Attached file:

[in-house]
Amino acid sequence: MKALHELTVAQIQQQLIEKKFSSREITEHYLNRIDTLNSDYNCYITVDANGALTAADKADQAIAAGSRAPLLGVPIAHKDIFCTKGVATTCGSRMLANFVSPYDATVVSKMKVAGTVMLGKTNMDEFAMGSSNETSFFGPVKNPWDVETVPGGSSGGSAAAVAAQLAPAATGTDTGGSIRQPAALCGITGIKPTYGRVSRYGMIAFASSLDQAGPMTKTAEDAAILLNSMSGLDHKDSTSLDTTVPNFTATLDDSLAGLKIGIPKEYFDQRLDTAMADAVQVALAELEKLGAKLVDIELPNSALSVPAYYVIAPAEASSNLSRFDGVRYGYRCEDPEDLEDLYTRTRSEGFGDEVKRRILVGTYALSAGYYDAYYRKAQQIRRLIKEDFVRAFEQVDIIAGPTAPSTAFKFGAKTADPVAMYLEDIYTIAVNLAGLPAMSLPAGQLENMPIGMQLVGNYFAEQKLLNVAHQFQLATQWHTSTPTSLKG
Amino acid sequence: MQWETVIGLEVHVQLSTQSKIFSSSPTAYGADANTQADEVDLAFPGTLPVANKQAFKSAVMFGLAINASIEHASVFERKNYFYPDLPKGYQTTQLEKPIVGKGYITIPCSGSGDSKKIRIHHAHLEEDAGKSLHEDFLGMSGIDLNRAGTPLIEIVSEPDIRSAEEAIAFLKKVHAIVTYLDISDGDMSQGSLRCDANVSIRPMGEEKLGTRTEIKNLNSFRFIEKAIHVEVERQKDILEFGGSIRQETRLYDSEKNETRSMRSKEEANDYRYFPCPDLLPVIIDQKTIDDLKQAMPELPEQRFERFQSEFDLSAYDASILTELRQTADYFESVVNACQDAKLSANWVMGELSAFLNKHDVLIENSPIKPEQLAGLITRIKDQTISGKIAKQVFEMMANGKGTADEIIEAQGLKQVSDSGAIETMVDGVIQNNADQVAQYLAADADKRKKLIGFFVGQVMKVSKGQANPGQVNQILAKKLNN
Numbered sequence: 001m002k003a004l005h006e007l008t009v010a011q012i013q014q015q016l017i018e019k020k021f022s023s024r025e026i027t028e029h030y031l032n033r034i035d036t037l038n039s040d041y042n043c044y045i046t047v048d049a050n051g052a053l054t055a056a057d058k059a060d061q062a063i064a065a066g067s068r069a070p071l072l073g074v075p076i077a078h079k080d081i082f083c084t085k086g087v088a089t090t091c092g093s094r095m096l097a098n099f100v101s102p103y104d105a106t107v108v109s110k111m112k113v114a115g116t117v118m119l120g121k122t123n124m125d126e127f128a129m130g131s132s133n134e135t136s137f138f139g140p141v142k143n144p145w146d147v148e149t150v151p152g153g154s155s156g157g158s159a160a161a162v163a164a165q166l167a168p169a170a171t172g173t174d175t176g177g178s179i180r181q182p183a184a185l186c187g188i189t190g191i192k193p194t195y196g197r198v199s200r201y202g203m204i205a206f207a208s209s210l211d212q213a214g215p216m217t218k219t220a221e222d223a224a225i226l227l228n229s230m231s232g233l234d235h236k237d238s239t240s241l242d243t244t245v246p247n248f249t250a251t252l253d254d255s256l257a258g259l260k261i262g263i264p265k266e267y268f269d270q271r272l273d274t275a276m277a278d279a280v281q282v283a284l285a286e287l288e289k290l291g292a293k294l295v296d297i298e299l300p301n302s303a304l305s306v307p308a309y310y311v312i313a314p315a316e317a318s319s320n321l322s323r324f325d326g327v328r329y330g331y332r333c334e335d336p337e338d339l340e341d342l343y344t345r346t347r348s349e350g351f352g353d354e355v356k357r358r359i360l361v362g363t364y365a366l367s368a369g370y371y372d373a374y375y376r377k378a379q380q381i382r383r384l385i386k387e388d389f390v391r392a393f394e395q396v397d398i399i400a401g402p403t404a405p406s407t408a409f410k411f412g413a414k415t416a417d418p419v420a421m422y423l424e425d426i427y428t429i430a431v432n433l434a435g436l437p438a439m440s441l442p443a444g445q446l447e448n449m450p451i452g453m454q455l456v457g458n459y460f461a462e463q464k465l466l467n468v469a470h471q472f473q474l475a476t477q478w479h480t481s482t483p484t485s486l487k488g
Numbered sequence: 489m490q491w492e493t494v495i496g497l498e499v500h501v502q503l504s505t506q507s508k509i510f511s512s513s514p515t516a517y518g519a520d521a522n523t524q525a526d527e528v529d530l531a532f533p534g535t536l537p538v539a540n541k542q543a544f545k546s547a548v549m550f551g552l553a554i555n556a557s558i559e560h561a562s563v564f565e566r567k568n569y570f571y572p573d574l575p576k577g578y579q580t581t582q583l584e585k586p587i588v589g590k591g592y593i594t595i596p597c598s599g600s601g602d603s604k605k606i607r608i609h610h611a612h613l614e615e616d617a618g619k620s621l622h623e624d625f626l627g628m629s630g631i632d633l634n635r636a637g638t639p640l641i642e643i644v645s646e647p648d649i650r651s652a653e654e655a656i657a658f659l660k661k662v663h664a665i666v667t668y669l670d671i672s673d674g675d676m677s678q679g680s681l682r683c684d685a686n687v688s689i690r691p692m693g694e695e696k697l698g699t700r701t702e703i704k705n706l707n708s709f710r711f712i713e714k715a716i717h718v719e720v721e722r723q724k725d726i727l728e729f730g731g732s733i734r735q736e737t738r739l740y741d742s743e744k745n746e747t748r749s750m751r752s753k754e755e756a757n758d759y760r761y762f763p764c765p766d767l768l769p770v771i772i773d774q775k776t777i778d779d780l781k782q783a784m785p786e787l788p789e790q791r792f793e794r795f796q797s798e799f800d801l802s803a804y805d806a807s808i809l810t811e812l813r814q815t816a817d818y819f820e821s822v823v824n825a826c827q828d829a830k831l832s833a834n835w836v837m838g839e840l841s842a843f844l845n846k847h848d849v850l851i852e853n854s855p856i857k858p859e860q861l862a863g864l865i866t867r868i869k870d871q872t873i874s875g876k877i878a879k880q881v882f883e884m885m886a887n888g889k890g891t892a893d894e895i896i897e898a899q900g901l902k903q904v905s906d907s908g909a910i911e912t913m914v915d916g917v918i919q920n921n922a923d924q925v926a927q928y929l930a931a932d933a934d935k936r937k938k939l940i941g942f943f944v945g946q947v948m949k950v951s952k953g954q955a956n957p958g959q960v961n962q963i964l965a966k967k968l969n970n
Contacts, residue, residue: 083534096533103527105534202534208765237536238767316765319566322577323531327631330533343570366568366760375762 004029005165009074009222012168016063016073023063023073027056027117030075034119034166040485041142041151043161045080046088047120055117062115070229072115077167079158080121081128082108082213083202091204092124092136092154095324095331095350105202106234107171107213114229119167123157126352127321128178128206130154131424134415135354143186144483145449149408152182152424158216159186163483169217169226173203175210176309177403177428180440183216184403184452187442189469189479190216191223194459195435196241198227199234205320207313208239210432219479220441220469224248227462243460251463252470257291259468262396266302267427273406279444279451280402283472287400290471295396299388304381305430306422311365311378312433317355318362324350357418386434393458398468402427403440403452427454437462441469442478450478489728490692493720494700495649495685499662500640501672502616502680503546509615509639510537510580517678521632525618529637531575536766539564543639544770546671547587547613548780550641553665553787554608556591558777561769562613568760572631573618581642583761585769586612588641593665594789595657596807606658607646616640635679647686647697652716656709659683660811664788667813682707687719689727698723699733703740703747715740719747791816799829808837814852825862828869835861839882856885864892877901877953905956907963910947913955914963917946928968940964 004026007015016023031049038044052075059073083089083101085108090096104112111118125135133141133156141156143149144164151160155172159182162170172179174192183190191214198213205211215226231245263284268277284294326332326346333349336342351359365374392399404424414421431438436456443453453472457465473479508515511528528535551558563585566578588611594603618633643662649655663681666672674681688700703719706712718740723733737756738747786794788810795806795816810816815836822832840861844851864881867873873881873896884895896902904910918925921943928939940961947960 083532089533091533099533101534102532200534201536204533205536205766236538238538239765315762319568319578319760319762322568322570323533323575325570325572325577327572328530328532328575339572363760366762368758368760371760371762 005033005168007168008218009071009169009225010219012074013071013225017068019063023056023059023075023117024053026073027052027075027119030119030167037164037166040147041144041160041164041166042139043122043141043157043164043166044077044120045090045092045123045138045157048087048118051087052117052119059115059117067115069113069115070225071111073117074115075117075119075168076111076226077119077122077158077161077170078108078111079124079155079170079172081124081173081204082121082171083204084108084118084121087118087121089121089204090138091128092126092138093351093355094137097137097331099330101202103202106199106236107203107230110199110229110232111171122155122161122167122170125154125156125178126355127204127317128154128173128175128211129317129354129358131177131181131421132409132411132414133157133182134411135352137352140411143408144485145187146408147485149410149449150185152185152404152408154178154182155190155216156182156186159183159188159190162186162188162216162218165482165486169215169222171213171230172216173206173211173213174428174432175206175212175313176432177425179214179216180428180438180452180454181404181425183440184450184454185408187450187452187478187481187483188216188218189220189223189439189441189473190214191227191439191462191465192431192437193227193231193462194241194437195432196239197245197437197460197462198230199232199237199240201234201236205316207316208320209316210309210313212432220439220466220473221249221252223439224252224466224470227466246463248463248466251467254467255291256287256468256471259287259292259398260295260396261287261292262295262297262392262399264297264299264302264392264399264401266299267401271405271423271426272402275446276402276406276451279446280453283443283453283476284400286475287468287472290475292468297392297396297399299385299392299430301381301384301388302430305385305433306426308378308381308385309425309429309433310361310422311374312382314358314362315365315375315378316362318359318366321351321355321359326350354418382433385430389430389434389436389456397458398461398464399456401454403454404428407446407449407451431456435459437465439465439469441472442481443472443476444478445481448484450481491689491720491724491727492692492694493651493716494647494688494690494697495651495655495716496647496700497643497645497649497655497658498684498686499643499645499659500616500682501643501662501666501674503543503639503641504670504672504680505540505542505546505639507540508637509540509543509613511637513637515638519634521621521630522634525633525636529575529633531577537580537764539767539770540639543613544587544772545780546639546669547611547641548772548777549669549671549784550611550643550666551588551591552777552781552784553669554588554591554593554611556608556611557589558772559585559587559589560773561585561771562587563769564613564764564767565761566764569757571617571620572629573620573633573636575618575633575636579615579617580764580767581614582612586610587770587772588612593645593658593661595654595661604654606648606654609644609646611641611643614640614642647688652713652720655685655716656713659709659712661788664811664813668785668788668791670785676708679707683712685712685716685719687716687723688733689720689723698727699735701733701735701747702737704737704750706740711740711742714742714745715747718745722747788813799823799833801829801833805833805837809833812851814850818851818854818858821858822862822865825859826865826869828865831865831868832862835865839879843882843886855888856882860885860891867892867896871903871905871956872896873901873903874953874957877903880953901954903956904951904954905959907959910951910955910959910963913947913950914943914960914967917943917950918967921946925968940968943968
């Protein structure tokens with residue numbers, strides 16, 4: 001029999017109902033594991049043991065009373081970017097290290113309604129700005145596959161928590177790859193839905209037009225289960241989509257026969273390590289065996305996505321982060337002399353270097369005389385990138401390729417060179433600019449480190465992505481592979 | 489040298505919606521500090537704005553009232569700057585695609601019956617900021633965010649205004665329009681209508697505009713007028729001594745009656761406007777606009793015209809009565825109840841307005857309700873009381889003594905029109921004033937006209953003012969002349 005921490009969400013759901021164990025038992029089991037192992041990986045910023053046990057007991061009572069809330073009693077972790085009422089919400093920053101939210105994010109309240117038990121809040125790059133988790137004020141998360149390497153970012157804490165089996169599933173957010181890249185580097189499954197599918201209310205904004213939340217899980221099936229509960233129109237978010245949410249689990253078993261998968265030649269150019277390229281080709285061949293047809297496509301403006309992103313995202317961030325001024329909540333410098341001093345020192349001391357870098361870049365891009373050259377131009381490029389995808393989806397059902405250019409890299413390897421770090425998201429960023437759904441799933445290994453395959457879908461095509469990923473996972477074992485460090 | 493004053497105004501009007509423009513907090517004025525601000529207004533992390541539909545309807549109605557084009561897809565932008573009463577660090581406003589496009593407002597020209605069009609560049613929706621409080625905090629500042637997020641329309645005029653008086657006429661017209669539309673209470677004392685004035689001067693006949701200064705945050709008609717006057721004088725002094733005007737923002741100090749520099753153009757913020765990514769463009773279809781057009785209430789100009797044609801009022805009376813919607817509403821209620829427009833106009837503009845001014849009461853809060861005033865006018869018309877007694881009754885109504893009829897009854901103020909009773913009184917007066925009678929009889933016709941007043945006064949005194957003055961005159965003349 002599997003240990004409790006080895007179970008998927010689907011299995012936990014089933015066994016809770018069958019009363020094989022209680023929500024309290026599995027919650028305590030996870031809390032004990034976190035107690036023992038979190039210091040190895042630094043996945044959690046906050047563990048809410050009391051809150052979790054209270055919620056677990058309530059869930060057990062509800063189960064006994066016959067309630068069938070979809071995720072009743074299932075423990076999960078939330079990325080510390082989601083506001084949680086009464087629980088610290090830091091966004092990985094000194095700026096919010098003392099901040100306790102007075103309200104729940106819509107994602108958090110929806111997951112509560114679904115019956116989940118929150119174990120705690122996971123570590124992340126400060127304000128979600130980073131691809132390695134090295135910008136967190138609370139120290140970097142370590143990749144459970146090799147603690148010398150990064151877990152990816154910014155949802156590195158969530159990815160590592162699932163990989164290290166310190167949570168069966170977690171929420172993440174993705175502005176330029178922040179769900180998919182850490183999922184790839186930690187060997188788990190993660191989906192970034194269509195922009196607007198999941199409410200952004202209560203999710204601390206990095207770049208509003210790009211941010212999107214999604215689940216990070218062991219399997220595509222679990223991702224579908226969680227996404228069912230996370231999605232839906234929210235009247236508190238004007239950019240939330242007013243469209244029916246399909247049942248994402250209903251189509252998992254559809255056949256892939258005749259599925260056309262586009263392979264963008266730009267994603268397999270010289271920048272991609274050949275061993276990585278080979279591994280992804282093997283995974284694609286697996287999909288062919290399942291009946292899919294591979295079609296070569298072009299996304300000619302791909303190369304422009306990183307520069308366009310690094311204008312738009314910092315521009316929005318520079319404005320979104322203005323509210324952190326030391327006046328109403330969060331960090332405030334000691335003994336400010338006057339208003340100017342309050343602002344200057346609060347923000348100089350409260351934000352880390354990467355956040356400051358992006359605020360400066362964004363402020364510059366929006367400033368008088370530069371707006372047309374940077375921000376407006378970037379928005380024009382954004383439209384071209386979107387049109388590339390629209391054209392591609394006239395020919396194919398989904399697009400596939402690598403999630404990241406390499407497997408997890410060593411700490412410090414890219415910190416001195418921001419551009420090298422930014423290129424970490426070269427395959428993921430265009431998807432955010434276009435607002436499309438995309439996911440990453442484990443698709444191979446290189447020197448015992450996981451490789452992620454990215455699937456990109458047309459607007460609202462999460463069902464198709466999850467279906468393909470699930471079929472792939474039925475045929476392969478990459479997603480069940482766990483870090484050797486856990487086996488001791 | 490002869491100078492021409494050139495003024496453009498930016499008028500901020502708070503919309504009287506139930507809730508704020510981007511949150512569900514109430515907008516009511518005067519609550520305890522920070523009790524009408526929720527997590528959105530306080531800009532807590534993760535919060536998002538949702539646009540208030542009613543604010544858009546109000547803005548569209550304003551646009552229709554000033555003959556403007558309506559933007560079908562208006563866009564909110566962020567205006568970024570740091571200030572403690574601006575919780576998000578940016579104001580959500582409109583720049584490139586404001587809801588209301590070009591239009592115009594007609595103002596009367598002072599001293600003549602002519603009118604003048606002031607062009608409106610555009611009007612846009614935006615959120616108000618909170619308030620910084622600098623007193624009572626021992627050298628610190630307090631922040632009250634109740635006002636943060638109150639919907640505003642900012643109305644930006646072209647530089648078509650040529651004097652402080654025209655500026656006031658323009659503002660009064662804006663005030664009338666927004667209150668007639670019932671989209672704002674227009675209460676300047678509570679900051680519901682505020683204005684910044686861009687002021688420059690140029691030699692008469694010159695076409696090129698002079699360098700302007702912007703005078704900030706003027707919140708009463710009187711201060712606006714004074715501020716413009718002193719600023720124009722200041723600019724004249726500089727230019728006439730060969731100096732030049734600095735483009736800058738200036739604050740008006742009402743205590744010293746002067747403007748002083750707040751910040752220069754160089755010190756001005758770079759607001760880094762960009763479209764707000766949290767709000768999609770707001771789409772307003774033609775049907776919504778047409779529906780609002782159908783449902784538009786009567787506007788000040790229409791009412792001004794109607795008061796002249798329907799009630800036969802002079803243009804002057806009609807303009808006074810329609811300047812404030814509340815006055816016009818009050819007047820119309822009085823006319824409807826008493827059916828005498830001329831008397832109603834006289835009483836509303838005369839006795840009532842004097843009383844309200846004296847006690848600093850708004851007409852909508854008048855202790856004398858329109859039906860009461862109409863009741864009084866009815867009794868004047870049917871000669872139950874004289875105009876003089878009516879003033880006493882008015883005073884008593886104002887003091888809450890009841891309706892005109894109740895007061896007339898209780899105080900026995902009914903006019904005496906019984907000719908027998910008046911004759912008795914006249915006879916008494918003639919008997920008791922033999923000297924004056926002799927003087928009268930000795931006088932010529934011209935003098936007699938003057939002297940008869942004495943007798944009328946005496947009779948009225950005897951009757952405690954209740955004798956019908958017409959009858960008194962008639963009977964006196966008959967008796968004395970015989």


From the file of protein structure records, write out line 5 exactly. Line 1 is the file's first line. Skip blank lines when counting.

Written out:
Numbered sequence: 489m490q491w492e493t494v495i496g497l498e499v500h501v502q503l504s505t506q507s508k509i510f511s512s513s514p515t516a517y518g519a520d521a522n523t524q525a526d527e528v529d530l531a532f533p534g535t536l537p538v539a540n541k542q543a544f545k546s547a548v549m550f551g552l553a554i555n556a557s558i559e560h561a562s563v564f565e566r567k568n569y570f571y572p573d574l575p576k577g578y579q580t581t582q583l584e585k586p587i588v589g590k591g592y593i594t595i596p597c598s599g600s601g602d603s604k605k606i607r608i609h610h611a612h613l614e615e616d617a618g619k620s621l622h623e624d625f626l627g628m629s630g631i632d633l634n635r636a637g638t639p640l641i642e643i644v645s646e647p648d649i650r651s652a653e654e655a656i657a658f659l660k661k662v663h664a665i666v667t668y669l670d671i672s673d674g675d676m677s678q679g680s681l682r683c684d685a686n687v688s689i690r691p692m693g694e695e696k697l698g699t700r701t702e703i704k705n706l707n708s709f710r711f712i713e714k715a716i717h718v719e720v721e722r723q724k725d726i727l728e729f730g731g732s733i734r735q736e737t738r739l740y741d742s743e744k745n746e747t748r749s750m751r752s753k754e755e756a757n758d759y760r761y762f763p764c765p766d767l768l769p770v771i772i773d774q775k776t777i778d779d780l781k782q783a784m785p786e787l788p789e790q791r792f793e794r795f796q797s798e799f800d801l802s803a804y805d806a807s808i809l810t811e812l813r814q815t816a817d818y819f820e821s822v823v824n825a826c827q828d829a830k831l832s833a834n835w836v837m838g839e840l841s842a843f844l845n846k847h848d849v850l851i852e853n854s855p856i857k858p859e860q861l862a863g864l865i866t867r868i869k870d871q872t873i874s875g876k877i878a879k880q881v882f883e884m885m886a887n888g889k890g891t892a893d894e895i896i897e898a899q900g901l902k903q904v905s906d907s908g909a910i911e912t913m914v915d916g917v918i919q920n921n922a923d924q925v926a927q928y929l930a931a932d933a934d935k936r937k938k939l940i941g942f943f944v945g946q947v948m949k950v951s952k953g954q955a956n957p958g959q960v961n962q963i964l965a966k967k968l969n970n